Tide turns for BAE in warship row

BAE Systems looks likely to win a crucial victory in its battle to change the way the MoD hands out contracts to defence suppliers and prevent hundreds of job losses at its shipyards on the Clyde.

Defence contractor BAE Systems looks likely to win a crucial victory in its battle to change the way the MoD hands out contracts to defence suppliers and prevent hundreds of job losses at its shipyards on the Clyde, The Engineer can reveal.

The dispute centres around whether BAE should be the sole contractor to build 12 Type 45 destroyers for the Royal Navy, rather than sharing the work with Southampton shipbuilder Vosper Thornycroft, as the existing contract terms dictate. Before the election, the MoD commissioned US consultant Rand Corporation to help resolve the dispute, and to review its warship procurement strategy for the next 15 years.

Speaking exclusively to The Engineer, Stuart Johnson, director of Rand’s International Security and Defence Policy Centre, suggested the study may have a similar outcome to its recent report on production of the Joint Strike Fighter in the US, which said a single contractor was the most cost-effective option.

Same fundamentals as JSF

‘There are different costs in building an aircraft from building a ship, so this review is likely to come out differently, but the fundamental economics are the same,’ he said.Rand will publish its preliminary findings next month. Its team has visited all but one of the UK shipyards, interviewing managers and union leaders, and will visit the final yard within the next few weeks.

‘We are not going to report until we’ve been to every shipyard,’ Johnson said. ‘We’ve been asked to stand back and take an objective look at what the alternatives are for allocating work and getting that work done.’

The consultant will consider the effects of a decision on local economies, but the key issue will be cost efficiency.

‘Competition is not free. You have to invest in the capital and start-up costs of two production facilities. The hope is that by keeping prices down you can recapture those costs.’

The final report will be published in September, and the MoD is expected to abide by its recommendations, although a spokesman refused to confirm this. ‘The review will inform our decision,’ he said. ‘It is being conducted on our behalf, into the areas we want to look at, and we will have to wait and see what it recommends.’

As the review continues, work at BAE’s shipyards could run out in a matter of weeks, a senior union source has warned.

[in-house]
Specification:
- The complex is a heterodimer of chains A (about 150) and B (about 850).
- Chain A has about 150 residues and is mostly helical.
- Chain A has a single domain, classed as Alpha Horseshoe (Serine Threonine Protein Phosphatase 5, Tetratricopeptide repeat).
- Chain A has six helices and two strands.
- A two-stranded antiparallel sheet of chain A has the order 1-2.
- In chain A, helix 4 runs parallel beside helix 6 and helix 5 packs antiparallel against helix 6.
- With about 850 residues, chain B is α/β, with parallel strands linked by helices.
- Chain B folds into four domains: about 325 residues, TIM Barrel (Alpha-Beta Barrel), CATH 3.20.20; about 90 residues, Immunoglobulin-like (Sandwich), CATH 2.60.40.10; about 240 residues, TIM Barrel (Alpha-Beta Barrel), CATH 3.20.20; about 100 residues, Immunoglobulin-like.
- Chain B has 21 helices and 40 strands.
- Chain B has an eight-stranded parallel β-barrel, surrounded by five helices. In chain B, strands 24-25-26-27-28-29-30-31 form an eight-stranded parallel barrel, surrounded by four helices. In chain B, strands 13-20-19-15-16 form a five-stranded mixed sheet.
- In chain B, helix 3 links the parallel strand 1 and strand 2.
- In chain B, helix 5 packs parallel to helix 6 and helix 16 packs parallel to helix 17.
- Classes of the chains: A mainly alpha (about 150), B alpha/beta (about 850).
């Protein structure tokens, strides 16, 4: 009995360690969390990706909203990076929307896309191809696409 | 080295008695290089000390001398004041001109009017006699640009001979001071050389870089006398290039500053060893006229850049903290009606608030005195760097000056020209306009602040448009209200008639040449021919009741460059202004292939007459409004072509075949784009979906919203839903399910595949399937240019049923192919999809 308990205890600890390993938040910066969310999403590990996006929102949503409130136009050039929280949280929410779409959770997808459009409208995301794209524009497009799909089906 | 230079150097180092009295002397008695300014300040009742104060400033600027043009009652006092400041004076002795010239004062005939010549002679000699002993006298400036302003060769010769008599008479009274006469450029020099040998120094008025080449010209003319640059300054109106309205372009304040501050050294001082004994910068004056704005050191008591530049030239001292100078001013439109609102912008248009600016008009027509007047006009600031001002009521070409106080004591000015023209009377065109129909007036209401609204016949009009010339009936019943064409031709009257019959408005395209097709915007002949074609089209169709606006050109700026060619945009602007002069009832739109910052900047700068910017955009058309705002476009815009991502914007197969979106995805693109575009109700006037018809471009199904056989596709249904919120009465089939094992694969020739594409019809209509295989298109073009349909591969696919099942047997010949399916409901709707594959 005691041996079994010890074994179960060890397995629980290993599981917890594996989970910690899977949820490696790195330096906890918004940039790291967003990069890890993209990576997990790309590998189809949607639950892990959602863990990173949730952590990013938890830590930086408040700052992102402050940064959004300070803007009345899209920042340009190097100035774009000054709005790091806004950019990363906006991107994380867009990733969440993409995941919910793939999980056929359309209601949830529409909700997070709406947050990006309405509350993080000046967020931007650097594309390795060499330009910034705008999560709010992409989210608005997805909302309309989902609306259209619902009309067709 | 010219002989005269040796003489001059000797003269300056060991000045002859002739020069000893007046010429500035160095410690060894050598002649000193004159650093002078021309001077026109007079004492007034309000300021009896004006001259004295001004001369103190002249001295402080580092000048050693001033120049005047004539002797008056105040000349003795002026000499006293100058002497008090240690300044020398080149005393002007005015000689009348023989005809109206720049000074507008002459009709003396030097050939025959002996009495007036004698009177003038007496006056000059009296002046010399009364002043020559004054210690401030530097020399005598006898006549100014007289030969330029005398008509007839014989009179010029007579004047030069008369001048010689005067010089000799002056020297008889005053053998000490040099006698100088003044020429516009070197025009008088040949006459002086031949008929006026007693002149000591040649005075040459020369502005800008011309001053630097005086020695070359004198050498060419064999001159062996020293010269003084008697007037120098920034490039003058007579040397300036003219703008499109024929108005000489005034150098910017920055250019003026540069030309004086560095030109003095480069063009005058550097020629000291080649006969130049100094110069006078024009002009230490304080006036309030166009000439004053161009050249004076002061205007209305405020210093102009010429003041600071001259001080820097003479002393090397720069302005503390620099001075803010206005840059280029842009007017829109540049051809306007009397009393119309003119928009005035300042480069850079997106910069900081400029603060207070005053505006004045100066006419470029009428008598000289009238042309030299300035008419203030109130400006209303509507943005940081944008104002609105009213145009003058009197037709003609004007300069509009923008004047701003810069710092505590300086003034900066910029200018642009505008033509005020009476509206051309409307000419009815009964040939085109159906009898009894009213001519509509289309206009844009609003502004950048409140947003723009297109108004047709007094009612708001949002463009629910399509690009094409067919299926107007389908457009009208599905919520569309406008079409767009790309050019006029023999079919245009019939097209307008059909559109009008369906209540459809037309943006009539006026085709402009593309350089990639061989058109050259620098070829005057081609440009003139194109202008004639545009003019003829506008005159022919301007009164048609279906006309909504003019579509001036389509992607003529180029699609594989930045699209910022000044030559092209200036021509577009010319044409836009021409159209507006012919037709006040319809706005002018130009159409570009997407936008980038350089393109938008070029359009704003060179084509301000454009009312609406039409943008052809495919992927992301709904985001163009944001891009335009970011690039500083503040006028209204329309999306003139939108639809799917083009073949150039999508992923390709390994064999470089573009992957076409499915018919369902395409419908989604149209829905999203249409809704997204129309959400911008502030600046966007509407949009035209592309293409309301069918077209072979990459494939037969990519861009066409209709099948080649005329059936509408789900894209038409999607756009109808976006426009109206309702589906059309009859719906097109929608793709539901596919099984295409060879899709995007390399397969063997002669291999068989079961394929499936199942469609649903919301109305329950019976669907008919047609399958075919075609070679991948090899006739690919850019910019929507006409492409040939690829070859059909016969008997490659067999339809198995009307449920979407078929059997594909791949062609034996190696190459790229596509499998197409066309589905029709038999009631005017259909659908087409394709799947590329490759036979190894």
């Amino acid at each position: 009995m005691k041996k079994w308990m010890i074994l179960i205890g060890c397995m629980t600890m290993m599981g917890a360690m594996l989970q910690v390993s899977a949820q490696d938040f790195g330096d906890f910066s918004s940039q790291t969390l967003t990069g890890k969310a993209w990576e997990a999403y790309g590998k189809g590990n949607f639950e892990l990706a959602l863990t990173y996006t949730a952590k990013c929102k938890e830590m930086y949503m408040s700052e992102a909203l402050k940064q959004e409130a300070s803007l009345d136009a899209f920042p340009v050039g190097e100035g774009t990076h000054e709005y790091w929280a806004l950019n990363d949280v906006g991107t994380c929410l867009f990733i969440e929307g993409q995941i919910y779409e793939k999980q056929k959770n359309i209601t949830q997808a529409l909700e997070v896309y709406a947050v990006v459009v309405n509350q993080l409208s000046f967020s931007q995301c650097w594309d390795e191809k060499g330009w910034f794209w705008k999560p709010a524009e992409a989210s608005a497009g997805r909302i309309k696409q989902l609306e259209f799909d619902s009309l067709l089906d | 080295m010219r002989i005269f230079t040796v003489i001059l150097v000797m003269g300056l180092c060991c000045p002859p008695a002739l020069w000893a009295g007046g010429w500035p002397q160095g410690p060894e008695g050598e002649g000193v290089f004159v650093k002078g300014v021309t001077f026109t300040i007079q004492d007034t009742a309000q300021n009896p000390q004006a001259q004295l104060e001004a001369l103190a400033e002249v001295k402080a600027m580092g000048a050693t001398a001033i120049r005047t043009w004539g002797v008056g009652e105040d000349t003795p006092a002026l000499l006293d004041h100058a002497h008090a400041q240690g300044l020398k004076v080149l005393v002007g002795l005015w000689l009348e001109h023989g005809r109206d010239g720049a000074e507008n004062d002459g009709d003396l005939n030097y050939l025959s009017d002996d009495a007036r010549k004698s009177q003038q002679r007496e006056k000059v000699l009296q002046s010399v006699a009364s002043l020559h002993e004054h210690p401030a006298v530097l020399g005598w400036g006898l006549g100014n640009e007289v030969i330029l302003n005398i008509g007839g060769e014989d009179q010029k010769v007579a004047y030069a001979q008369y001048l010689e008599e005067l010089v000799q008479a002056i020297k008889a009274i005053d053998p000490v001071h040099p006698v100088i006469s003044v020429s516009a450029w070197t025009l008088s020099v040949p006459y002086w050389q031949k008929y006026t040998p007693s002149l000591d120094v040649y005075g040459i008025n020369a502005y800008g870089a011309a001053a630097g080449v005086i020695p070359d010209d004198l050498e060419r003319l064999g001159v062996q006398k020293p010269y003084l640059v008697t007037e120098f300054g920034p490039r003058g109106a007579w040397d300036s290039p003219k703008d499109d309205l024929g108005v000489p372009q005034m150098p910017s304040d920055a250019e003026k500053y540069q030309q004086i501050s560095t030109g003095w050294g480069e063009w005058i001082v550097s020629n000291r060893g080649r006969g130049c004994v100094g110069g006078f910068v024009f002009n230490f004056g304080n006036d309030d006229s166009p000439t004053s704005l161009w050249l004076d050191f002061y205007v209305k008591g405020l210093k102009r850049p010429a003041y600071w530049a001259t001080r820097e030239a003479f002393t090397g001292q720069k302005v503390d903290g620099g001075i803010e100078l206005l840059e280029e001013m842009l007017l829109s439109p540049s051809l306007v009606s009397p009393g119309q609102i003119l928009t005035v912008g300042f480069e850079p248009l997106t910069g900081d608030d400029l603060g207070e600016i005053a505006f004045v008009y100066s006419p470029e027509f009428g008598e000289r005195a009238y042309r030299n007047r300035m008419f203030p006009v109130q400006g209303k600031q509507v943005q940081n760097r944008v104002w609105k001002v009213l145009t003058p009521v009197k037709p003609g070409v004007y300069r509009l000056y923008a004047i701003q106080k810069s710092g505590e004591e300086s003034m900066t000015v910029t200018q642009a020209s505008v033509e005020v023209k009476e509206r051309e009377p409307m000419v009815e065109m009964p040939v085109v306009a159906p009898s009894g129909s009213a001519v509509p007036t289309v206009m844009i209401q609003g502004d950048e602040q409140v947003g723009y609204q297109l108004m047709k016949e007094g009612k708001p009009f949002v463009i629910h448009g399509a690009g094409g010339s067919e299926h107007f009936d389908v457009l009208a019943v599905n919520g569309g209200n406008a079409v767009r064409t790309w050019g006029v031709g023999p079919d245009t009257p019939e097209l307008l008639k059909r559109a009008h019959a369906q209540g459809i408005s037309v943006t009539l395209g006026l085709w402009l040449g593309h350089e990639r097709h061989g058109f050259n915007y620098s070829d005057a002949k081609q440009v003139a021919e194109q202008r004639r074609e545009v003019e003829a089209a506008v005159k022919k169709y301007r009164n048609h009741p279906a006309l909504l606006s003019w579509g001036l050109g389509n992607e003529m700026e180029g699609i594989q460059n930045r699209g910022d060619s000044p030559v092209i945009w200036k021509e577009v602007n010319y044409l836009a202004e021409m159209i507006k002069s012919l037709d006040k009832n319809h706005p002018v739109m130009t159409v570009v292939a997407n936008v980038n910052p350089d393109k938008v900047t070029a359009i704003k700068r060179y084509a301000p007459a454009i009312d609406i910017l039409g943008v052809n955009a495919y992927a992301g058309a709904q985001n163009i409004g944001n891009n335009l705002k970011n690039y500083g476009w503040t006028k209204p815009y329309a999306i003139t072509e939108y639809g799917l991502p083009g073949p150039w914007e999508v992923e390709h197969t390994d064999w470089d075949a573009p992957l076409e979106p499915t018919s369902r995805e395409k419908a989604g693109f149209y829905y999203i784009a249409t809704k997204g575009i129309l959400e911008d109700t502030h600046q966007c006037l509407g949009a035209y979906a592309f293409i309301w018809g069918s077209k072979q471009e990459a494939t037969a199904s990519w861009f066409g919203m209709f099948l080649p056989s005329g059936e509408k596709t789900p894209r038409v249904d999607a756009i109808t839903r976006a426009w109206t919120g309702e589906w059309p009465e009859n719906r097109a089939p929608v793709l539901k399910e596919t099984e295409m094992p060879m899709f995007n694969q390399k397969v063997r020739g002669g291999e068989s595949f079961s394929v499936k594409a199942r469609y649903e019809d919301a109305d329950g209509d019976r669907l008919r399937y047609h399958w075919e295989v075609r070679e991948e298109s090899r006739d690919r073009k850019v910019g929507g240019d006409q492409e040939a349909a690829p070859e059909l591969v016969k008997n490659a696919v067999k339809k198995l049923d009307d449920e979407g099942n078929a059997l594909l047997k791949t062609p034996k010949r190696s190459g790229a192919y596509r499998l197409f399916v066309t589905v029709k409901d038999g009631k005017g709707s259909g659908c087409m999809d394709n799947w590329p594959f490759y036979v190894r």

‘There’s absolutely no doubt work is rapidly running out,’ he said. ‘The issue now is whether BAE can hold on in the hope of getting sufficient work to keep its workforce. It’s going to be weeks rather than months.’

The company has often been seen as the bully, trying to seize work from its competitors, but Vosper Thornycroft could not build the Type 45 without BAE’s expertise, he added, and the contract would mean an expansion outside Vosper’s normal sphere of work.

‘The MoD is insisting on competition, but it prescribes the systems and equipment that make up most of the value of the ships, and frankly there isn’t much competition in those areas anyway,’ the union spokesman said.

A spokesman for BAE Systems confirmed its shipyards are running out of work, particularly at the steel-processing end. ‘At the moment ship building orders are very thin. If we were to get a regular throughput of work from within the UK, we could start to look at exports.’

Reaching the end

BAE’s Barrow yard is working on the Astute class submarines, landing platform docks HMS Albion and HMS Bulwark, and a Royal Navy auxiliary vessel.

The Govan yard is reaching the end of contracts for an anchor handler and landing craft assemblies, as well as work for the auxiliary vessel. At the Scotstoun yard, workers are completing a Type 23 frigate and an offshore patrol vessel for export.BAE hopes to build the Type 45 destroyers at Barrow, and create a centre for steelwork at its two Clydeside sites, to develop new shipbuilding techniques. It has said it will invest £150m if assured of regular work.

But Greg Simpson, senior defence researcher for the Liberal Democrats, argued competition in the sector should be maintained. ‘We have been trying to get the government to stick to its agreement on the Type 45s,’ said Simpson. ‘BAE has been attempting to widen the issue completely, to talk about a new form of competition process. We wouldn’t be sympathetic to that at all.’

Vosper Thornycroft said it viewed Rand’s report on the Joint Strike Fighter project as supporting its case for maintaining competition in the industry.

However, it would not be drawn on a possible outcome to the Type 45 dispute.